A little bit different from the types of project reports previously mentioned, an Executive Summary is a distinct kind of report which uses different language. It is a high-level report which aims to provide a bigger and deeper understanding of the project—how it will benefit the organization and how it will fit into future business strategies. It is written with a busy executive in mind, someone who has a lot of important things to do and may find reading a lengthy piece of prose a waste of precious time. Factual and objective, this particular type of project report must be able to provide a realistic status of the project, as business executives understand that everything may not go according to the plan.

Some may confuse an executive summary with an abstract but, in reality, they are clearly distinct from one another and serve a different purpose.

An abstract is usually written for academic or scientific papers. It is written with a topic sentence which, generally, gives an overview of what the article is about. It is, then, supported by two or three supporting sentences which support the main idea of the topic sentence.

An executive summary, on the other hand, is composed of different sections discussing almost every significant aspect of an undertaking. It consists of sequentially arranged key points supported by conclusions and recommendations. Check our in-depth article on how to write an effective executive summary.

Things to Remember in Writing Project Reports

Here are some of the principles that need to be observed in writing an effective project report;

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  1. Write for the reader

    Bear in mind that the report is written for other people, and not for yourself. Whether you are writing one as part of the team, or you are commissioned to write for someone’s team, you need to be familiar with the terms and concepts used by the team and the entire organization. Since it is not safe to assume that everybody understands these terms; for the benefit of everybody, it is safe to define those terminologies and concepts in the preliminary parts of the report. Another option is to use layman’s terms and refrain from using technical and industry jargons, or even acronyms as much as possible.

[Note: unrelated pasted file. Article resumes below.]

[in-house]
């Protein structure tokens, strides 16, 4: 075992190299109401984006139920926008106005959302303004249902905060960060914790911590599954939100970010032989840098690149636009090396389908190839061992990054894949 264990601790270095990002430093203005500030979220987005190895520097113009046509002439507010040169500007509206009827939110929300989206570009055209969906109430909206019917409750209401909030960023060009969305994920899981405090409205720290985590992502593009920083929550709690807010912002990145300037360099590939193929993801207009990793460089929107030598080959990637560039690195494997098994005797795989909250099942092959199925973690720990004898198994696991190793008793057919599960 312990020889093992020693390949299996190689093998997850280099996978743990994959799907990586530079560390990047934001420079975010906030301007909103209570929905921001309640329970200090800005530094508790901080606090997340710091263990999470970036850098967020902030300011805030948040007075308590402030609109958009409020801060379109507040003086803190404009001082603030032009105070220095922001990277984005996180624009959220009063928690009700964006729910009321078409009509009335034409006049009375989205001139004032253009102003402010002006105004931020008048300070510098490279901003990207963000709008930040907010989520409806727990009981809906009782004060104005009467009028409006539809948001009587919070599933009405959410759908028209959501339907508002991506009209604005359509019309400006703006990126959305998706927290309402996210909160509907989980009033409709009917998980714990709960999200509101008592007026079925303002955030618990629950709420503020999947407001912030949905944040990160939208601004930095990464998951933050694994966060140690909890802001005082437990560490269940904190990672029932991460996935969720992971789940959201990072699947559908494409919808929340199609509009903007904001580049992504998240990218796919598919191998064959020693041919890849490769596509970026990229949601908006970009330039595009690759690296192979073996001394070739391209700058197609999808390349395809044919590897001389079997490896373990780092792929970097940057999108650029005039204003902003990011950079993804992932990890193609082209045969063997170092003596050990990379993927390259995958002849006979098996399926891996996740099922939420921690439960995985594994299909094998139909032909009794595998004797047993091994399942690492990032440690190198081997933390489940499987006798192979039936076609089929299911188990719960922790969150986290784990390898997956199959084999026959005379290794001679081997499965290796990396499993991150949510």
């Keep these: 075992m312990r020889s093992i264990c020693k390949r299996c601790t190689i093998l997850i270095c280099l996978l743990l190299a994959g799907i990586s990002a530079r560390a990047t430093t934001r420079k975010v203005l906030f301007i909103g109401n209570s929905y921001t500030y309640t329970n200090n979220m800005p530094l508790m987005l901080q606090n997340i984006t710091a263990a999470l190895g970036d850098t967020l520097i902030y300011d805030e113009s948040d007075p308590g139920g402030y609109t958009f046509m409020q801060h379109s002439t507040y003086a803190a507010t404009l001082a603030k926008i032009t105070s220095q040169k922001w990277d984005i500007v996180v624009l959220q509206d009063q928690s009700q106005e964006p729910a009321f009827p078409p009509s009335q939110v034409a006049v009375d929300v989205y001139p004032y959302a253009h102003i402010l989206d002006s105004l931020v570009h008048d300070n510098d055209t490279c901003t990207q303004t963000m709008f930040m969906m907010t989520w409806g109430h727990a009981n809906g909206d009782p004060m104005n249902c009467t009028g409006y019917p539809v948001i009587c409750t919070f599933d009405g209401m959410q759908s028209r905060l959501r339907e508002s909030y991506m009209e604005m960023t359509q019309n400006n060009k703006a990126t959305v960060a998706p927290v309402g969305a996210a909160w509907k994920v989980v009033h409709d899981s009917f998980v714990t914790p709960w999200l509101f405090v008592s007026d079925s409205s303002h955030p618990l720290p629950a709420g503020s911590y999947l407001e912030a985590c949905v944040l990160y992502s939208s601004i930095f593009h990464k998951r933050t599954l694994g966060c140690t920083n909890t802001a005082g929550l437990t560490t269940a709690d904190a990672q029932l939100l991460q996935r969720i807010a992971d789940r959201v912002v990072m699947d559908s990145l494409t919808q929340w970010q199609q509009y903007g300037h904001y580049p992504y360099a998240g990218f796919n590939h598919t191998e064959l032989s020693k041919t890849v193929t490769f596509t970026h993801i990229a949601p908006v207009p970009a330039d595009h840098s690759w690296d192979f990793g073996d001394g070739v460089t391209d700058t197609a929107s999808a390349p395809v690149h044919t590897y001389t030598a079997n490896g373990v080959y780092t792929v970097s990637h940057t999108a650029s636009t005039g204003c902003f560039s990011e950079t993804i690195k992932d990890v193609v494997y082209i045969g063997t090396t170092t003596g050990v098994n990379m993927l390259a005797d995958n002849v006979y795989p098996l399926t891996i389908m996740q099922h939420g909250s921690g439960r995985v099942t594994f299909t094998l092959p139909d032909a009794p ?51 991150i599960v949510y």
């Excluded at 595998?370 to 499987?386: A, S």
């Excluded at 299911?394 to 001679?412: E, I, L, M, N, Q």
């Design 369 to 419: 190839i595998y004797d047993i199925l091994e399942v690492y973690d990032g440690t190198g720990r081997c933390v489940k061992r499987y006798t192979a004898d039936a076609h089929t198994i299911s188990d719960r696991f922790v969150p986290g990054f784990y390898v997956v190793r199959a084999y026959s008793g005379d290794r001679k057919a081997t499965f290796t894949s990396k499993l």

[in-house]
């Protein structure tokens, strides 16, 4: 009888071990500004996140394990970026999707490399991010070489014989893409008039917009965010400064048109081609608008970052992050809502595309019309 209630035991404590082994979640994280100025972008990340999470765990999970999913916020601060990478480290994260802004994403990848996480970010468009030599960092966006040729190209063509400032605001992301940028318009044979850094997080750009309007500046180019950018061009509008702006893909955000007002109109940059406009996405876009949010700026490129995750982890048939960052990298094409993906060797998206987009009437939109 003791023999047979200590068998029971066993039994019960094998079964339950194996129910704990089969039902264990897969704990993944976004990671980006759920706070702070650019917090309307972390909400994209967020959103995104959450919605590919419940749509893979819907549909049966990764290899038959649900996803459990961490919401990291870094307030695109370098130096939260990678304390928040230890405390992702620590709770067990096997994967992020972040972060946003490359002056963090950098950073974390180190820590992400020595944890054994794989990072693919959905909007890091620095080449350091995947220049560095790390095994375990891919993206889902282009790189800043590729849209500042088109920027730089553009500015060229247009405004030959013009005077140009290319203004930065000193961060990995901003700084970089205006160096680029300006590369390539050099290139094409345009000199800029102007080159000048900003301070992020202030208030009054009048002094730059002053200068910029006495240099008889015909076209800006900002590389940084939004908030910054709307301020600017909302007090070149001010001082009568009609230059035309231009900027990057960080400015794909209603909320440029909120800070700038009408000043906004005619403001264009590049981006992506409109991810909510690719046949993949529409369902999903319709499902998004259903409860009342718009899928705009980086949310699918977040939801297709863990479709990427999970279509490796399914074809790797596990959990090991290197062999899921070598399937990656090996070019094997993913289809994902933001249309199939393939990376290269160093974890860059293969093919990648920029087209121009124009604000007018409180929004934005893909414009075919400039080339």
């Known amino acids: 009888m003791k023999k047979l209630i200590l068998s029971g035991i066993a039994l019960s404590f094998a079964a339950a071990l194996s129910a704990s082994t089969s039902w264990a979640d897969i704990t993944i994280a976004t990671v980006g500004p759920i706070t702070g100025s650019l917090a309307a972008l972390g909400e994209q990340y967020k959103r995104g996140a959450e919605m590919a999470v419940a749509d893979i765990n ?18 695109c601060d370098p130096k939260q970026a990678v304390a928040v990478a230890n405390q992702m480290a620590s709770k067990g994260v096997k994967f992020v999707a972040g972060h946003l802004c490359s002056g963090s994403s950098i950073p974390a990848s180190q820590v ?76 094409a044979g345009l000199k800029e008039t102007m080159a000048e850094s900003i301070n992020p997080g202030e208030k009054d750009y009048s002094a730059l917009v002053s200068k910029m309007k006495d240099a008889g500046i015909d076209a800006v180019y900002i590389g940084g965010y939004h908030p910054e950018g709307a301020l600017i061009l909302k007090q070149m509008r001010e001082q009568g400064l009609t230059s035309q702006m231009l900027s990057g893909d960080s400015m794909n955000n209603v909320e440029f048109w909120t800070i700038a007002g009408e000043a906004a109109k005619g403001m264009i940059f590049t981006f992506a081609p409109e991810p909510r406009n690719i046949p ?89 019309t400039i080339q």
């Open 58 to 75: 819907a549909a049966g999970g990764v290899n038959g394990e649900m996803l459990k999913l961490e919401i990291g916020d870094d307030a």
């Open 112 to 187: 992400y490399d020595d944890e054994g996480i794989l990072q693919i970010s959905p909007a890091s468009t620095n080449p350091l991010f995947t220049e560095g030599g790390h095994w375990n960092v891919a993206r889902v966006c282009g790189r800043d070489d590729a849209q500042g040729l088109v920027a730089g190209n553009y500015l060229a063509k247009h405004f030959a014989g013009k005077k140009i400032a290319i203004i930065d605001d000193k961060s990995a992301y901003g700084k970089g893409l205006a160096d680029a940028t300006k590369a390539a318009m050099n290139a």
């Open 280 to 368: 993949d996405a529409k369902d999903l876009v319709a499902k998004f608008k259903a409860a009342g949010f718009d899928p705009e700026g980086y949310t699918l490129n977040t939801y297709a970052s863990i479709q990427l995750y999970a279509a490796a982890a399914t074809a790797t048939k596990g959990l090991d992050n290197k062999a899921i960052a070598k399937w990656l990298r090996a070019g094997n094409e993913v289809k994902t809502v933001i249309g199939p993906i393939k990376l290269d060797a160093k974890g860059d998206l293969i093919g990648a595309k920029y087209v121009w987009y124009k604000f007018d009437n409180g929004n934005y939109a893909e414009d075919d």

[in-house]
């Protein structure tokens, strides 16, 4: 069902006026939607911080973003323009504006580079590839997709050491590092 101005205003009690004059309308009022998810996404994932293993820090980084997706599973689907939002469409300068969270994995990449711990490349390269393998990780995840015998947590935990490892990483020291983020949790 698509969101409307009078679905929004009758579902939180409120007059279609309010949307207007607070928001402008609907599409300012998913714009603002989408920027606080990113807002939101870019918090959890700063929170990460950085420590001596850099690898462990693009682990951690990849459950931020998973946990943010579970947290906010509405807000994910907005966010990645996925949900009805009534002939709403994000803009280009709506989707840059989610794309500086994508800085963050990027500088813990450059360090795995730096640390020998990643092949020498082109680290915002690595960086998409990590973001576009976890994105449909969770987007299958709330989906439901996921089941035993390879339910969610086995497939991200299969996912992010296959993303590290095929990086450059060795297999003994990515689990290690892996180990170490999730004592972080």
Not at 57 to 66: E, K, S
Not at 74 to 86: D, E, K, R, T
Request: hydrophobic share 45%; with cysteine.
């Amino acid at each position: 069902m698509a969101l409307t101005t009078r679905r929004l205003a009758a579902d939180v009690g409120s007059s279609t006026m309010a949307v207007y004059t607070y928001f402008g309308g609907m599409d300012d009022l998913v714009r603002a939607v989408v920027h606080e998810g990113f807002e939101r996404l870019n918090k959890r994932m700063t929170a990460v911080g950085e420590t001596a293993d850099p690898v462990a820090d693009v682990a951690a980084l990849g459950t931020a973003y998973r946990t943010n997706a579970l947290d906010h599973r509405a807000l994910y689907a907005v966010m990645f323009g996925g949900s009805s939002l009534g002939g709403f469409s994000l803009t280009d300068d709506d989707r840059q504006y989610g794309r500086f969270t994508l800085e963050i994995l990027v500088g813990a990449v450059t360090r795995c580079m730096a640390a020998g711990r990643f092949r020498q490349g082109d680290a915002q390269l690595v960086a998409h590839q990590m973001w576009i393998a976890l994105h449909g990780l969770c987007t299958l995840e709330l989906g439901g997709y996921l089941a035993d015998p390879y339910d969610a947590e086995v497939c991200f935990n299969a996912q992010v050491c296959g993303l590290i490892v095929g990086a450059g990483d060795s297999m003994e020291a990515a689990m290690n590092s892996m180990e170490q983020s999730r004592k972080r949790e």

2. The report should have a structure

    There may be different types of the report, but one thing they have in common is that all of them require to be written following a particular structure. If possible, organize information into different sections so that your intended readers will be able to easily identify the most relevant parts that they want to read first. Alternatively, they can quickly go back to an earlier section, if they have to. Most types of reports contain common sections such as an abstract, or background of the project, which explains what the project is and its purpose, and a final summary of the entire project.

  3. Ensure that the report is evidence-based and is supported by data

    A credible and extensive project report is underpinned by a significant amount of data, whether it is about the performance of the team or a comprehensive report about the project results. Using charts, tables, and graphs is a surefire way of making the report interesting and reliable for those who will read it. There is also an extensive selection of project management tools available offering different responsive reporting components to assist the project manager in compiling and presenting meaningful data.

  4. Make it as objective as possible

    There is a clear distinction between facts and opinions. These should never be used together, especially if the report is dwelling on a failed project. The report becomes subjective if it reflects personal opinions of the writer. Make it objective by eliminating all parts which are not based on facts and real events. If it is really necessary to include a personal view or opinion, make sure to explicitly identify it as such. A separate section of the project report may be devoted to the writer’s personal opinion to keep the rest of the report unbiased.